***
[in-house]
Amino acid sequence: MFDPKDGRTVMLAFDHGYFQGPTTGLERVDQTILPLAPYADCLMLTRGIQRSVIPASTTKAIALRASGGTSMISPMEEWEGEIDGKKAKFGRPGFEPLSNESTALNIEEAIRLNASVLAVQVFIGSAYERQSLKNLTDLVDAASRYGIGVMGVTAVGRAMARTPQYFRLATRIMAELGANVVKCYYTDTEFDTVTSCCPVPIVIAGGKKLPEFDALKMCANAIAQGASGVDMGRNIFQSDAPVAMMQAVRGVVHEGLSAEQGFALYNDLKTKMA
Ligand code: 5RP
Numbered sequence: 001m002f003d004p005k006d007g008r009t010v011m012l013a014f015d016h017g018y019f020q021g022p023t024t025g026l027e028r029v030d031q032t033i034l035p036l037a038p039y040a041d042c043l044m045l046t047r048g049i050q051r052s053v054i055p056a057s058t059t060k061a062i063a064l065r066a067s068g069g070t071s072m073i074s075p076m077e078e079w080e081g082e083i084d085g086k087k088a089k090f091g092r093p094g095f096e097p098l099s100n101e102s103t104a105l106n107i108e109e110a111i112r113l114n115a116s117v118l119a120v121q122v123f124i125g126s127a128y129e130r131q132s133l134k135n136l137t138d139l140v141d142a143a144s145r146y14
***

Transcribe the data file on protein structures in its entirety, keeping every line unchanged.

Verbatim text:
[in-house]
Amino acid sequence: MFDPKDGRTVMLAFDHGYFQGPTTGLERVDQTILPLAPYADCLMLTRGIQRSVIPASTTKAIALRASGGTSMISPMEEWEGEIDGKKAKFGRPGFEPLSNESTALNIEEAIRLNASVLAVQVFIGSAYERQSLKNLTDLVDAASRYGIGVMGVTAVGRAMARTPQYFRLATRIMAELGANVVKCYYTDTEFDTVTSCCPVPIVIAGGKKLPEFDALKMCANAIAQGASGVDMGRNIFQSDAPVAMMQAVRGVVHEGLSAEQGFALYNDLKTKMA
Ligand code: 5RP
Numbered sequence: 001m002f003d004p005k006d007g008r009t010v011m012l013a014f015d016h017g018y019f020q021g022p023t024t025g026l027e028r029v030d031q032t033i034l035p036l037a038p039y040a041d042c043l044m045l046t047r048g049i050q051r052s053v054i055p056a057s058t059t060k061a062i063a064l065r066a067s068g069g070t071s072m073i074s075p076m077e078e079w080e081g082e083i084d085g086k087k088a089k090f091g092r093p094g095f096e097p098l099s100n101e102s103t104a105l106n107i108e109e110a111i112r113l114n115a116s117v118l119a120v121q122v123f124i125g126s127a128y129e130r131q132s133l134k135n136l137t138d139l140v141d142a143a144s145r146y14